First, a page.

My wife and I have been helping an extended family member through some health issues and we have been learning a lot about our healthcare system. I know I am a complete process-nerd, but three things became abundantly clear over the past weeks:
- You don’t know what you don’t know until you need to know it;
- This is primarily a transaction-oriented system rather than an outcome-based system; and
- You must have an advocate.
You would think with Google and all the information on the planet readily available, we can all be experts on anything. But even if the information is there, most people don’t start searching until there is a need. In a system based on a patchwork of layers of insurance carriers, state laws, individual provider rules, and lawyers, any broad-based education about the “health care system” is essentially, well, useless. There is no universal truth to how things work and the experience one person has in one area of the country with their particular insurance carrier will differ significantly from another person with the exact same issue somewhere else. As a process-minded person, this drives me nuts! Every new situation requires a new education on the particular rules that apply. Argh!
Fortunately for us, this is the first time we have had to interact with the health care system for an extended problem. All our previous experiences have been normal wellness checks, an occasional ER/urgent care visit – all “normal” interactions. Most importantly, the one thing all our experiences have had in common, they were single visits with a single purpose. Maybe a follow-up visit, but nothing long-term or systemic in nature. In other words, transactions. As our family member went through one thing after another, it became clear that each step, each specialist simply wanted to complete their transaction with us and move us on to the next. There was nobody that wanted or took the time to guide us through the process to ensure a positive outcome for the wholistic problem.
This is so jarring to me because as a goals-based financial advisor, my entire job and process is built around that end-to-end guidance for my clients. So, when I met up with this transaction-oriented system, it has felt like I am beating my head up across the twin brick walls called “silos” and “insurance”. Every care provider works within their particular silo and is at the mercy of the insurance company’s remote decision on how to proceed.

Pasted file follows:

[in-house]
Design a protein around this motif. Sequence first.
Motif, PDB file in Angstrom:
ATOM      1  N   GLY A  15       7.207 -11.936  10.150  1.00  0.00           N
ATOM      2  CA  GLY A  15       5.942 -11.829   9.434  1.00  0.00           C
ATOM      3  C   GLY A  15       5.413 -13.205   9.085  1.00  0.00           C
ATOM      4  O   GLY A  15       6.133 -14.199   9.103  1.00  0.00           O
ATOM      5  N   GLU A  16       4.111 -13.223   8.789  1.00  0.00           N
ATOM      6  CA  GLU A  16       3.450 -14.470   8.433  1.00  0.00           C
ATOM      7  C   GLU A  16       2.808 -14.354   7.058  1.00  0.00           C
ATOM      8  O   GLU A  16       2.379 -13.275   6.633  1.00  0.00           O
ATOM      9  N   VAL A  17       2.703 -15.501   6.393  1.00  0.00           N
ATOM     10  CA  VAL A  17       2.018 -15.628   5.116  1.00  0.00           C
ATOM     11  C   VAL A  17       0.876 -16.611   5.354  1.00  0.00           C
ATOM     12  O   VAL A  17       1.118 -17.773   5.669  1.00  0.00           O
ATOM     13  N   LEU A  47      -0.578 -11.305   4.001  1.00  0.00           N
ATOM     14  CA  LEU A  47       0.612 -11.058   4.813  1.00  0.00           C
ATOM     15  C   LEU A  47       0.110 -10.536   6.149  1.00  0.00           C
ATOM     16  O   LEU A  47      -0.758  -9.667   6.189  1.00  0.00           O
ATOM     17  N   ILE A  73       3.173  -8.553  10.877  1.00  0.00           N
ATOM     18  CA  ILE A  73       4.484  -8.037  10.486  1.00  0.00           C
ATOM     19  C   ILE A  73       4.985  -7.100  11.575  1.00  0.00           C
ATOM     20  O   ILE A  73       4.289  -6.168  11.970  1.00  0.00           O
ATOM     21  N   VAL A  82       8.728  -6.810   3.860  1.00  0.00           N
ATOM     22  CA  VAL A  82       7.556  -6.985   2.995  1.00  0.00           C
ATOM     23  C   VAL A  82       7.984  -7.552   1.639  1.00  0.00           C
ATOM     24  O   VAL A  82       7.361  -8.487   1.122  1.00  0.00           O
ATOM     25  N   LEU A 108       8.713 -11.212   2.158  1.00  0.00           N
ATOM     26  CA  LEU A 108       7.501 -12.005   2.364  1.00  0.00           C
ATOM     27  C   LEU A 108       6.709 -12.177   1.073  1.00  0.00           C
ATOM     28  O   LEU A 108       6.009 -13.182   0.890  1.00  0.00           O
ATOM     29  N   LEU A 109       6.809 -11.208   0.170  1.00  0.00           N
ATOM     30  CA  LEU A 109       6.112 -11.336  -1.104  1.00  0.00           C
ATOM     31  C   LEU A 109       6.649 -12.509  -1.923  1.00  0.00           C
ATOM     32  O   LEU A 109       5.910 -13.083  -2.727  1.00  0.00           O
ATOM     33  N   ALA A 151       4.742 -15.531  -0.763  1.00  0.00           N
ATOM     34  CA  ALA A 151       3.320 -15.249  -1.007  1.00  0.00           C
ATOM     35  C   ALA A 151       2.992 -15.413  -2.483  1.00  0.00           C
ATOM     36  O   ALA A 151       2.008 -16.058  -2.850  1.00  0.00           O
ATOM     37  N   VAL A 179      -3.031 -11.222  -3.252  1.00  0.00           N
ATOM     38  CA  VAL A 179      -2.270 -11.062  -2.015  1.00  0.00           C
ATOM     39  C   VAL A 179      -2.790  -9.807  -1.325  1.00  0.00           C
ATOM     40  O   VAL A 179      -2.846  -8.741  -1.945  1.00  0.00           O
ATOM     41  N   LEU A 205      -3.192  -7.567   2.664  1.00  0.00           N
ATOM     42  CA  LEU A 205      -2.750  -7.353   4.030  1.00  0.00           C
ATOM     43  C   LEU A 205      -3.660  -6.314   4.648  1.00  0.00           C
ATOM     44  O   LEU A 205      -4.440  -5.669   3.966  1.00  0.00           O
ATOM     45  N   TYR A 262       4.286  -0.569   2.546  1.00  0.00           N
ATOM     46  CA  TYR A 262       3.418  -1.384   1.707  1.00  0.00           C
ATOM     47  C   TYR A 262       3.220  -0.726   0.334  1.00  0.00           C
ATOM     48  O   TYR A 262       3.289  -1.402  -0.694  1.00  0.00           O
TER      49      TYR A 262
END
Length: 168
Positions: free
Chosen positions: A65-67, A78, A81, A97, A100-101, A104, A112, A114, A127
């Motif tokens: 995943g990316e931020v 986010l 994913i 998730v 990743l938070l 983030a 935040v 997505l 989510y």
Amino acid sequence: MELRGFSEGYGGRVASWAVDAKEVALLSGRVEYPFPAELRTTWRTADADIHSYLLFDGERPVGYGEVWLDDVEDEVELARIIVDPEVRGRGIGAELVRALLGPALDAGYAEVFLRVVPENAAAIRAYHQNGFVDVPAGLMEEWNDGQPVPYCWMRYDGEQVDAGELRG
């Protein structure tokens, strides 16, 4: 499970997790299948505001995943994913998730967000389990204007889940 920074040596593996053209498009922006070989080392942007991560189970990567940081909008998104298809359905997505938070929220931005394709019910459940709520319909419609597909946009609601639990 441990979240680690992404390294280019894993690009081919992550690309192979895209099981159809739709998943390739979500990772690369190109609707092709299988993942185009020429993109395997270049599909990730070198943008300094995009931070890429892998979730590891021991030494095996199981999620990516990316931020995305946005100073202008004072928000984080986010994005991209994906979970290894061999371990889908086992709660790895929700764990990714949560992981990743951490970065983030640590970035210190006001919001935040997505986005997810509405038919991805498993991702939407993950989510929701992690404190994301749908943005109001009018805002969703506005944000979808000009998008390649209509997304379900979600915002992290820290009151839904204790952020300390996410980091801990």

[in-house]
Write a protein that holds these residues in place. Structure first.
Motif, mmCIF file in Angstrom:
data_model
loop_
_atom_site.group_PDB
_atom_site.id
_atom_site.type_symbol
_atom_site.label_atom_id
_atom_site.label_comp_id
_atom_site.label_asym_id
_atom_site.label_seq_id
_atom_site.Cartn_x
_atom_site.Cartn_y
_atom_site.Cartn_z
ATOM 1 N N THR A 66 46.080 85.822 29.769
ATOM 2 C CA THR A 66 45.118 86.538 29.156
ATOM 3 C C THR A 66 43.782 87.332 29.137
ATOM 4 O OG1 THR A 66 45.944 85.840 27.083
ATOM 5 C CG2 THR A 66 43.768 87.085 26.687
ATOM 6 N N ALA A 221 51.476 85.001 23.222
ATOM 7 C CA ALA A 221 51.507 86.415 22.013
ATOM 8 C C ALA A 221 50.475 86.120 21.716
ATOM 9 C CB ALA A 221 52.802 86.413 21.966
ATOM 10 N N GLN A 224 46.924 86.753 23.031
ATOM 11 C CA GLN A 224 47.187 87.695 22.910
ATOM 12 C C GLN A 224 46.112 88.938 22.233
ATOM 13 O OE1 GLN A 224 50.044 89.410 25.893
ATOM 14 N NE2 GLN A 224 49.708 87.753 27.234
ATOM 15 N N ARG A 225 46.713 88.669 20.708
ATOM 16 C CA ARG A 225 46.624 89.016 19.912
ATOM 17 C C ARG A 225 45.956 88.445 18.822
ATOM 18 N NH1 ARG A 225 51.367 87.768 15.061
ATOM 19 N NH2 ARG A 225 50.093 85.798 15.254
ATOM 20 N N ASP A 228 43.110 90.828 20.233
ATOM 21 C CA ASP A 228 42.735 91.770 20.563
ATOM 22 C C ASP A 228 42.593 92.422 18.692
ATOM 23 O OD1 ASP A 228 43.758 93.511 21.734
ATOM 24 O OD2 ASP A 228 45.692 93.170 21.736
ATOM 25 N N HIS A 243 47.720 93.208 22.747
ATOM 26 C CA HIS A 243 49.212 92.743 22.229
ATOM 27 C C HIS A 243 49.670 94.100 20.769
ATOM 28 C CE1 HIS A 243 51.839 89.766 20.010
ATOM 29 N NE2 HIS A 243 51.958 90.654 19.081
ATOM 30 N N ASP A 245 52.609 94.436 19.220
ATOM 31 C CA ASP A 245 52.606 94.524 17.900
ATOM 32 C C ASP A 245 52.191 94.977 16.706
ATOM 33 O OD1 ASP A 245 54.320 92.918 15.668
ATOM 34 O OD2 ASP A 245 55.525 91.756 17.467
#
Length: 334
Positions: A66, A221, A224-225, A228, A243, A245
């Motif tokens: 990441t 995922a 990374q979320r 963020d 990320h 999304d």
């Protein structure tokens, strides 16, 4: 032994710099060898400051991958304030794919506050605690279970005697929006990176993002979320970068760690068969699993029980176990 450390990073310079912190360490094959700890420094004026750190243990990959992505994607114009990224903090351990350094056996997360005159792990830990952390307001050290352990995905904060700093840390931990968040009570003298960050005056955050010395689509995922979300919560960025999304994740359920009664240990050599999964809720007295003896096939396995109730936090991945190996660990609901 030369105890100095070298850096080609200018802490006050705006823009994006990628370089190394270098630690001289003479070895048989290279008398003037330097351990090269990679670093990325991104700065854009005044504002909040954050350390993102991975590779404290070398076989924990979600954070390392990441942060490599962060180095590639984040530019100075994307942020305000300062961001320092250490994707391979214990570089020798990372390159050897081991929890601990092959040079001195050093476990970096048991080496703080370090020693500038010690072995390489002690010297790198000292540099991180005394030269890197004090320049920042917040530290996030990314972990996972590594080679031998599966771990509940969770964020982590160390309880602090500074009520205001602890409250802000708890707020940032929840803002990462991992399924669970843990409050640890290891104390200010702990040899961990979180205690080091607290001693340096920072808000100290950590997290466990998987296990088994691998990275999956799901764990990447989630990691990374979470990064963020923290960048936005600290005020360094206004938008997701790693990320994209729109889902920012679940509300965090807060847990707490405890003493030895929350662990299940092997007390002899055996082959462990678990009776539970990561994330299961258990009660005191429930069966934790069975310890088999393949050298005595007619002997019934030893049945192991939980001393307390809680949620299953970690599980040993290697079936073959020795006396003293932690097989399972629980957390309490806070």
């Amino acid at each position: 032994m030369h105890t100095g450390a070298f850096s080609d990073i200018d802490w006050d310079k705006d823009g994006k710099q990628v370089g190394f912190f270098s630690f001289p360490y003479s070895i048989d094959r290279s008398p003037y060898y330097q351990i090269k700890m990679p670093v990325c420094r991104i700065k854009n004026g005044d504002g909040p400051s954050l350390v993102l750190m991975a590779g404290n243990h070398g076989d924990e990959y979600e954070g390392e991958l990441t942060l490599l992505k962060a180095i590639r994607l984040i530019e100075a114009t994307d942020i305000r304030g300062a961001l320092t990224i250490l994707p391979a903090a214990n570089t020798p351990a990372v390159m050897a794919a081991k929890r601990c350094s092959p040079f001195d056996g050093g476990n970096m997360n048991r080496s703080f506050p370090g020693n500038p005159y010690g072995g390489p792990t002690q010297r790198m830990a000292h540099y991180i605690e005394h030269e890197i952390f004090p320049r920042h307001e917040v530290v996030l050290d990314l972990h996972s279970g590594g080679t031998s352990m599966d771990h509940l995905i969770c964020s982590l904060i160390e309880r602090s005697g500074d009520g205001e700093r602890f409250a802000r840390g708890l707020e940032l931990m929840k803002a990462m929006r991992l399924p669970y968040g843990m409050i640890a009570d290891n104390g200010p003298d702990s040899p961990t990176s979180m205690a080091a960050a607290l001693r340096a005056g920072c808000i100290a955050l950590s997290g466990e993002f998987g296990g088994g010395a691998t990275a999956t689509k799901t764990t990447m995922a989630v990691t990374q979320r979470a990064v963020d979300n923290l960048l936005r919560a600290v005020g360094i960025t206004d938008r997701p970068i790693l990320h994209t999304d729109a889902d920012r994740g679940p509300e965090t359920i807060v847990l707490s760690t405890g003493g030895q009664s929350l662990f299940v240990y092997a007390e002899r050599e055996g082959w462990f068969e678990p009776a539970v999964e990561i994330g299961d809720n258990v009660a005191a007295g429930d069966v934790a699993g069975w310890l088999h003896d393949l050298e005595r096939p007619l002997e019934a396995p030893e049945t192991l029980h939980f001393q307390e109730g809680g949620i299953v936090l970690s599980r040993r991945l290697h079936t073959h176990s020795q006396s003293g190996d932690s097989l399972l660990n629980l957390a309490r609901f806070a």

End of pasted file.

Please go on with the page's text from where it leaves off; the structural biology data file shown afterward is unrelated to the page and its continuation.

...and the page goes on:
It also strikes me that our system fundamentally misaligns the interests of the patient and the interest of the insurance carrier. As a financial advisor that earns my compensation based on the assets I manage, when those assets grow, I make more money. My interests are aligned with my clients. If a patient gets covered (wins), the insurance company pays (loses). This makes it really easy to distrust the motive of the insurance company when something is declined, even if what they are saying is “we think there might be a better alternative”.
Which brings me to the final lesson we have learned – you absolutely MUST have an advocate that both understands the underlying system and is focused more out the outcome rather than each transaction. Our current system, right or wrong, places this responsibility on the “primary care provider” and we have discovered just how valuable a long-term relationship with a quality PCP is. Placing this level of responsibility on a single person rather than building it into the system elevates the importance of finding the right person for you.
That person who knows you, knows your history and can help you navigate an environment that seems foreign to you is simply invaluable. That person who can coordinate specialists within the context of an overall plan. That person who places trust, education and outcomes above everything else. Sounds a lot like a trusting, long-term relationship with a really good financial advisor. #InvestWithAPlan
Graphic: Monitoring Transactions by Vectors Market from the Noun Project